The European Commission has failed to root out anti-competitive behaviour in the rail industry with its latest package of measures, the Rail Freight Group has warned.
However, the RFG said that, even so, it welcomed the 4th Railway Package at it supported the aims of increased competitiveness and efficiency.
The German government has lobbied hard to allow the holding company model of the railway in Germany to be maintained.
The RFG has been pressing for full and complete separation of infrastructure management and train operation in all Member States. The holding company model which would still be permitted creates conditions where anti-competitive behaviour can persist, to the detriment of those trying to offer rail freight services on an open access basis.
Tony Berkeley, chairman of the RFG, has been extremely critical of the German holding company model. Speaking in a personal capacity, he argues that it permits hidden transfer of funds from the infrastructure manager via the holding company to the commercial activities of train operators, placing them in a competitive advantage over their competitors who do not benefit from such aid.
“It allows for subsidised DB companies to buy operators in other member states, unfairly competing with other companies; by a failure to provide full separation between infrastructure managers and railway undertakings, it will allow the confidential IT and other information as well as funding to flow undetected between these companies, again to the detriment of fair competition.”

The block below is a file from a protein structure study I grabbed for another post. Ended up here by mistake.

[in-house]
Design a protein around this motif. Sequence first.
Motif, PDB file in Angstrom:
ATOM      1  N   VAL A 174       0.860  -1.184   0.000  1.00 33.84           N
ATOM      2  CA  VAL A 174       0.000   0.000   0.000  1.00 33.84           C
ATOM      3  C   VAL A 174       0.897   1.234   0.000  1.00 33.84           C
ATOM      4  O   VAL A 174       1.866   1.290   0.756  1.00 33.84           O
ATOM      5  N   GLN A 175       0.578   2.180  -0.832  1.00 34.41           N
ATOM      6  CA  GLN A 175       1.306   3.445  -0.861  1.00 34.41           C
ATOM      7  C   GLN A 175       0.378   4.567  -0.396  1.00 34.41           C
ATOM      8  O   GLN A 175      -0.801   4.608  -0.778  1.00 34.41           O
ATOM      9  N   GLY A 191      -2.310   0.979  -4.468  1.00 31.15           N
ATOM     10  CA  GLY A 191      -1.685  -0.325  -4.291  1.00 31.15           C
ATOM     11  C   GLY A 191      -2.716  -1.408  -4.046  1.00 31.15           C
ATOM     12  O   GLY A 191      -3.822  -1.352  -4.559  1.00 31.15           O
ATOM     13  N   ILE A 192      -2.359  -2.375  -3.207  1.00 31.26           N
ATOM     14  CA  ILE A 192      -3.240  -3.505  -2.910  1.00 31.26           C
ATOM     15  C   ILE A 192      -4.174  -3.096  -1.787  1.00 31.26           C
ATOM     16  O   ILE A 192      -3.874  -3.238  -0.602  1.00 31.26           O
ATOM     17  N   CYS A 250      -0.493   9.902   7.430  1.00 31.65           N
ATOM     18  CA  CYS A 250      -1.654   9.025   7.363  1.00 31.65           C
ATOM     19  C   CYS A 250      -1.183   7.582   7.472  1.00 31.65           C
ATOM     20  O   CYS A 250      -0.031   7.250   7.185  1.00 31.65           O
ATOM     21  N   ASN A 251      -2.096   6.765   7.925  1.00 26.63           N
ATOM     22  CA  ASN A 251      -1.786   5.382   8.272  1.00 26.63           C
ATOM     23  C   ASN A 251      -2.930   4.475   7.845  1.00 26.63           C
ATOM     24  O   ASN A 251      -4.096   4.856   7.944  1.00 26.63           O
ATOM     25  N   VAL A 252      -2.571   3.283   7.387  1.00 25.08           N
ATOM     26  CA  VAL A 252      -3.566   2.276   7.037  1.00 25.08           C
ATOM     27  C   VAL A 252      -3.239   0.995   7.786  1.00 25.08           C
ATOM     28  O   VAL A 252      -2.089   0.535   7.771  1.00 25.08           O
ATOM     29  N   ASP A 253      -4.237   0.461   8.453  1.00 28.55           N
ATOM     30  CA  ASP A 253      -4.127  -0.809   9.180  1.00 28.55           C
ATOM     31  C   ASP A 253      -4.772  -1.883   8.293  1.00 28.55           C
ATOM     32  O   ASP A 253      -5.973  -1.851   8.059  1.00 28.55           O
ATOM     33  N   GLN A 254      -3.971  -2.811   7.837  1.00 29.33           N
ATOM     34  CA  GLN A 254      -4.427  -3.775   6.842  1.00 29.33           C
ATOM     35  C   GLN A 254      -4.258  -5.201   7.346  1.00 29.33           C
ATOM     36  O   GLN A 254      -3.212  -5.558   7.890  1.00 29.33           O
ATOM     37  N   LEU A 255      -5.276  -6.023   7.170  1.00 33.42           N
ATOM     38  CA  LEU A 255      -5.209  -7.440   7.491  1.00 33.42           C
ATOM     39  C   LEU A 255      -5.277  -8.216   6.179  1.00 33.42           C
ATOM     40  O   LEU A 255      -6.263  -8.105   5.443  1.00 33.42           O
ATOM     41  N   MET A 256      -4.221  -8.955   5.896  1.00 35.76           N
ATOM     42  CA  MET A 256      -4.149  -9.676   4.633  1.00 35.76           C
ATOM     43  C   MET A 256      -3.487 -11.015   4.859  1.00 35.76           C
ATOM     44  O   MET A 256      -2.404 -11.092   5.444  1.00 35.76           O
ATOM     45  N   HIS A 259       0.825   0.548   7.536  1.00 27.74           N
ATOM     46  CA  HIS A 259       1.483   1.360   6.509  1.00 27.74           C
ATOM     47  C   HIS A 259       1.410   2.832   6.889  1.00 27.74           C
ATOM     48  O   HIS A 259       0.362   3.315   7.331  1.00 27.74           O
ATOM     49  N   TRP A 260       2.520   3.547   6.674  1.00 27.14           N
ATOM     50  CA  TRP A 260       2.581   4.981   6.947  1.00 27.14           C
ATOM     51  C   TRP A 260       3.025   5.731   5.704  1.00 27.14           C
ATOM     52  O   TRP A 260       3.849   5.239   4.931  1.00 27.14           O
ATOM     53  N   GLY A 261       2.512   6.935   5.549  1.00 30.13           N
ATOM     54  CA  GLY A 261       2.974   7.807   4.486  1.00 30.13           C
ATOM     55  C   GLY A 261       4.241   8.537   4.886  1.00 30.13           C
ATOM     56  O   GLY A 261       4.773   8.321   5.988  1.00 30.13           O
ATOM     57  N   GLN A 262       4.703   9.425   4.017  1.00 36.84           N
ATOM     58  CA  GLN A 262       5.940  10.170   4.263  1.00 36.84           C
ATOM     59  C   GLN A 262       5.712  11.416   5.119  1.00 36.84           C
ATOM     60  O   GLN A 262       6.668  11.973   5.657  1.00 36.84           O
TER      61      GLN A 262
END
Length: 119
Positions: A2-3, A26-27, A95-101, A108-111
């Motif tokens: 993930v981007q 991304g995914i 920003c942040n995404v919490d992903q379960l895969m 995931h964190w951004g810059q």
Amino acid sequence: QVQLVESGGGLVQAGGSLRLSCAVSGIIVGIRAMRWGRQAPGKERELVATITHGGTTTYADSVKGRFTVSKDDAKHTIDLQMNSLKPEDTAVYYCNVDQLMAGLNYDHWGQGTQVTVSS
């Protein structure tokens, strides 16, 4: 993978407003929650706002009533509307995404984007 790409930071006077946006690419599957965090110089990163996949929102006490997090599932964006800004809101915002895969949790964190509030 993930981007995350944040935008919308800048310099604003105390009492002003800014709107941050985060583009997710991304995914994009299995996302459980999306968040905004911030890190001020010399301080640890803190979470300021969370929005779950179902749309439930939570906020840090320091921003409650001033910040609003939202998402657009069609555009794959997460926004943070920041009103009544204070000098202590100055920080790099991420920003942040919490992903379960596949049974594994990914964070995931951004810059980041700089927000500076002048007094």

The RFG highlighted a number of positive measures in the EC packaging – defining the essential functions of infrastructure managers, such as path allocation, traffic management, maintenance, and planning. There is also an enhanced role for the European Safety Agency, aiming to simplify technical and administrative barriers to cross European interoperability.
Maggie Simpson, RFG executive director, said: “The measures announced today will have important benefits for UK companies seeking to grow their business across Europe. It is now up to the Council and European Parliament to demonstrate its independence of national interests and insist on full separation of track and train. Without this rail freight will struggle to prosper, and to fulfil its role at the heart of European logistics.”